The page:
On the other hand, if it takes work to get into Heaven, then that work is the price we pay. If it is work worth doing, like being a good person and caring for our fellow man, well, shouldn't we do that anyway, regardless of God or an afterlife? However, if the price to enter Heaven involves doing things that we wouldn't otherwise, either requiring us to use up resources that could otherwise be put to another use, or requiring us to commit acts that we would otherwise consider to be evil, then it's not so obvious that we should be a believer. The greater the cost, the more we must ask ourselves, "Are we certain enough of Heaven to justify sacrificing so much of Earth in exchange?" Then, believing in God is not without a cost.

Naturally, we all ought to do our best to be good people, and as part of that pursuit we have to contemplate what it really means to be good. What if we become so preoccupied chasing after Heaven that we fail to be good people? Is that a price worth paying? And, are we really so sure that we know what Heaven is or how to get there? Because, if we don't, we may very well be wasting a lot of energy that could be spent making life better for all God's children.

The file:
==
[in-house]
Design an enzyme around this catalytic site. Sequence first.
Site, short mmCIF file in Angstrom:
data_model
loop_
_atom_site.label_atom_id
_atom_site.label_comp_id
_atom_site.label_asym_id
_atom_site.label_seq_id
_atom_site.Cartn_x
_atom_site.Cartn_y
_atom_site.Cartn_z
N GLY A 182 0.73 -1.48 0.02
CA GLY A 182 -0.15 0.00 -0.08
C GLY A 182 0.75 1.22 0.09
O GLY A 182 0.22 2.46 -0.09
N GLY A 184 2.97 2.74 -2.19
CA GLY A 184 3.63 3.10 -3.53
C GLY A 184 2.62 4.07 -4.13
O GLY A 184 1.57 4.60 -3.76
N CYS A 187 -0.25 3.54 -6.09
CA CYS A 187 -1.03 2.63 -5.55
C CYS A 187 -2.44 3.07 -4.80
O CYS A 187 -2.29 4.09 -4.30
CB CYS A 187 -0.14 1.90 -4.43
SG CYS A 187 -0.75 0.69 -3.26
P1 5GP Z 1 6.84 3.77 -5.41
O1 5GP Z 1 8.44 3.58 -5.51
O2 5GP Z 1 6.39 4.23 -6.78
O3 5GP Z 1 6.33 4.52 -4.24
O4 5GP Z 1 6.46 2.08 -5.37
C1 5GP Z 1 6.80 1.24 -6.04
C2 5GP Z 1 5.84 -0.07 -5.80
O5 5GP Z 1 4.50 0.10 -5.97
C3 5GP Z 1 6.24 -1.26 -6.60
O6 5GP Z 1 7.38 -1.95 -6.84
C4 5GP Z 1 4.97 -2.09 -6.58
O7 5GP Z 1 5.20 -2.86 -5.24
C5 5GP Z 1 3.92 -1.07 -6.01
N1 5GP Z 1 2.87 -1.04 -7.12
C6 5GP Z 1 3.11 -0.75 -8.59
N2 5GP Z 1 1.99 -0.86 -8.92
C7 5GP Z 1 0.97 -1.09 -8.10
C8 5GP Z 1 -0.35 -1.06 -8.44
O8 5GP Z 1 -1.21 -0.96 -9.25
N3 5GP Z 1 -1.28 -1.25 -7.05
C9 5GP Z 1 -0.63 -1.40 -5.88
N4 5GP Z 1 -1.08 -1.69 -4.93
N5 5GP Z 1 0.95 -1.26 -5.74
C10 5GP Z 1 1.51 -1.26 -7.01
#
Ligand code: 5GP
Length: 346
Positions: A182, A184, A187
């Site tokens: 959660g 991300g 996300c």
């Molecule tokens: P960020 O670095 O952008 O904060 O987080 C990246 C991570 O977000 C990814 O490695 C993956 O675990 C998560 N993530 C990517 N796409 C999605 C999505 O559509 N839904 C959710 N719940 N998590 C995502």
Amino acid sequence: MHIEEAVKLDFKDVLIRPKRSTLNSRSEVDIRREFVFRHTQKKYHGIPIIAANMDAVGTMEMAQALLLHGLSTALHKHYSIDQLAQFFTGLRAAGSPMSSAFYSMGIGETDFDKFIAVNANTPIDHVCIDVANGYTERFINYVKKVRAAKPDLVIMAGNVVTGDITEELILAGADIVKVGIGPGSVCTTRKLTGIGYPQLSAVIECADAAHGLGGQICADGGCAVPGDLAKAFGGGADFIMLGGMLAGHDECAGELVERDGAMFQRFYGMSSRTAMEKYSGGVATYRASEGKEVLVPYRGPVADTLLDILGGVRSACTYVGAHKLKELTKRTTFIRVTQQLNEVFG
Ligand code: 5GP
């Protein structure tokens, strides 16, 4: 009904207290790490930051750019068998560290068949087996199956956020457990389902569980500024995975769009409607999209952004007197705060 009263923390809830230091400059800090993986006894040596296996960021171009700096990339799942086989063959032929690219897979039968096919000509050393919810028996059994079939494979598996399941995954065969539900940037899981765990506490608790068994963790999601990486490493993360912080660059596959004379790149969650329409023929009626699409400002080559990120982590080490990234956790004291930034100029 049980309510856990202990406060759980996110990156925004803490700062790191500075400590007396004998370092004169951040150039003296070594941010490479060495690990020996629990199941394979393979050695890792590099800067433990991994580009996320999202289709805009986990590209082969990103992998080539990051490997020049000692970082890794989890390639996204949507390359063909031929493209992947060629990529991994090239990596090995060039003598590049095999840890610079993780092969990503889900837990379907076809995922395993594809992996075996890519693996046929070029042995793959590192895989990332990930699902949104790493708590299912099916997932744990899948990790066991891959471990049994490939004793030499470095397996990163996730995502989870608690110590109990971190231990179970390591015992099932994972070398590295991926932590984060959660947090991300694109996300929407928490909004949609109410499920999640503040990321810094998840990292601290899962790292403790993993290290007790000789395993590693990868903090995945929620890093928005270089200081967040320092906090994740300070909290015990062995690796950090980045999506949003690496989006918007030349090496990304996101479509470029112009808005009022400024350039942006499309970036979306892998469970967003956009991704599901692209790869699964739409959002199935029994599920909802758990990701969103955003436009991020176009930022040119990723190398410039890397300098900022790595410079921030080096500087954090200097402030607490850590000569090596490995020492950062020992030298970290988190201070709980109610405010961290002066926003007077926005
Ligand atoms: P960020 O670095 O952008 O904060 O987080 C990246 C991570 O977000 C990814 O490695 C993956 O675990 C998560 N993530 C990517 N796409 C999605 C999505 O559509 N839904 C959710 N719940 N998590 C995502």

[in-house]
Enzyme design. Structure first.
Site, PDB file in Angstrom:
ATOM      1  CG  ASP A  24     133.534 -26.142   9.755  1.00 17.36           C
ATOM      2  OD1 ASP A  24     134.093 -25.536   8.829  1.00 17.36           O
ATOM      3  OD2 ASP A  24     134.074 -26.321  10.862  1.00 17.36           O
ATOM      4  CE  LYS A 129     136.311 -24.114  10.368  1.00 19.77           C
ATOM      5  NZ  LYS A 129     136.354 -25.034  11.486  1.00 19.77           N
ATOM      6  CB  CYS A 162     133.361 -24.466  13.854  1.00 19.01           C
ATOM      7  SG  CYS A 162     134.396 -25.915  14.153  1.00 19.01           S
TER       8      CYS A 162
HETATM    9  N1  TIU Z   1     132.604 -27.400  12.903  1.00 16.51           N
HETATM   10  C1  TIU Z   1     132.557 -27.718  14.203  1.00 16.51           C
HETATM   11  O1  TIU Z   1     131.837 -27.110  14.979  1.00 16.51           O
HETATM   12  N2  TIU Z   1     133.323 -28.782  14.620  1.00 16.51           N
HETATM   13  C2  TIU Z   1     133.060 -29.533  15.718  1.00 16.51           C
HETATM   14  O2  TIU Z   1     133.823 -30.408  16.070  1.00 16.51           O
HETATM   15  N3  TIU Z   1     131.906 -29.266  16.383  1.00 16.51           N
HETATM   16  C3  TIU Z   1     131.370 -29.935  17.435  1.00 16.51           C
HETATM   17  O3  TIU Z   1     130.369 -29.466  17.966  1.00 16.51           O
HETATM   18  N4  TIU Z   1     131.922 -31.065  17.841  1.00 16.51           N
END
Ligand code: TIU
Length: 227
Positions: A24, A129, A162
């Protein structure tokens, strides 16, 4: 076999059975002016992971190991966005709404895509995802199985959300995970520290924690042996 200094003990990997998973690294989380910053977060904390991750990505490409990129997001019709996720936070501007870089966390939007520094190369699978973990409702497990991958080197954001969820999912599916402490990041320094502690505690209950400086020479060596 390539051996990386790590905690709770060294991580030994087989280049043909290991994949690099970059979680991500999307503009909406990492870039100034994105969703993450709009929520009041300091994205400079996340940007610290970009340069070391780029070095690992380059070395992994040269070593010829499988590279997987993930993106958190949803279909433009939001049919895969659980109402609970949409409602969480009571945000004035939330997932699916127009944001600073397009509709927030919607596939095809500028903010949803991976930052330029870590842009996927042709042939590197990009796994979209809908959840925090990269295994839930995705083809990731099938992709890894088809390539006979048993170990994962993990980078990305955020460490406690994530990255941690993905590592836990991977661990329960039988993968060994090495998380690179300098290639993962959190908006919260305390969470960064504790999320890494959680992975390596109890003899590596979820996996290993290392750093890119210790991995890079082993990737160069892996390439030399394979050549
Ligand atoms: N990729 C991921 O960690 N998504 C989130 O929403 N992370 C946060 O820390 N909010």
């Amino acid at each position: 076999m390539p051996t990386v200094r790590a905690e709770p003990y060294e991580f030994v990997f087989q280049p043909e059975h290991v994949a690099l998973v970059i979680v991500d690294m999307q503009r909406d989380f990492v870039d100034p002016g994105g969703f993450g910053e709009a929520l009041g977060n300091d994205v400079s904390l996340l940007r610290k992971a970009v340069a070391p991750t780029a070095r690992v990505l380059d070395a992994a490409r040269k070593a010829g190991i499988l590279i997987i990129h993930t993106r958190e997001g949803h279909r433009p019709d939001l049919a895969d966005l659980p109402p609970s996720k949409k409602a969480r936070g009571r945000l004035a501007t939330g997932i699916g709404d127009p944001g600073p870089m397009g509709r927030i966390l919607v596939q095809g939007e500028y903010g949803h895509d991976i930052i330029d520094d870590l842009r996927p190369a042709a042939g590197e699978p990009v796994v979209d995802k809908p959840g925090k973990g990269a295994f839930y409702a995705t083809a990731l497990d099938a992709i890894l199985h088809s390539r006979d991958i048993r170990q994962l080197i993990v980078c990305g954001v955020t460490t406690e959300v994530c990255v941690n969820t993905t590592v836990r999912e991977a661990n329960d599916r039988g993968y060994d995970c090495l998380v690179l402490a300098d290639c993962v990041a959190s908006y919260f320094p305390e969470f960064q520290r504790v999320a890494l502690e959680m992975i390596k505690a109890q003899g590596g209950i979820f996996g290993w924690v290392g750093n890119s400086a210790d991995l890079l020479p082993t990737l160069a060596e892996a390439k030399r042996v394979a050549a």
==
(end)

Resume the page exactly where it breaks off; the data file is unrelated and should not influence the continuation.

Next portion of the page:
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Re: Question for Atheists: Paschals Wager

Post by Clay_10 » October 6th, 2019, 6:43 pm

Naturally, we all ought to do our best to be good people, and as part of that pursuit we have to contemplate what it really means to be good. What if we become so preoccupied chasing after Heaven that we fail to be good people? Is that a price worth paying? And, are we really so sure that we know what Heaven is or how to get there? Because, if we don't, we may very well be wasting a lot of energy that could be spent making life better for all God's children.
[/quote]

Thank you for your thoughtful response. Much of what you said was insightful and also reiterated what I thought were many flaws of such a wager. I do have a follow up question that I have trouble with at times: Without the assumption of a divine creator as the source of our morality, why is it natural that we ought to do our best to be good people? Why would being a “good” person be a better alternative than acting on any impulses for satisfaction or pleasure such as our fellow animals lower on the eveloutionary scale? Many redefine “good” as to meaning “actions that would better the well-being of mankind” or something similar, but there exist many things that would better mankind that the average man would consider morally reprehensible. Also, who deems the bettering mankind to be “good”? With no one to answer to after our short lives, or a set of objective rules or standards that come from something superior to us in nature, why shouldn’t we do whatever necessary to live the most pleasurable and fulfilling lives without reguard to being a good person? Sorry if it seems like I’m rambling... any thoughts or insight you can offer me on any of that would be appreciated.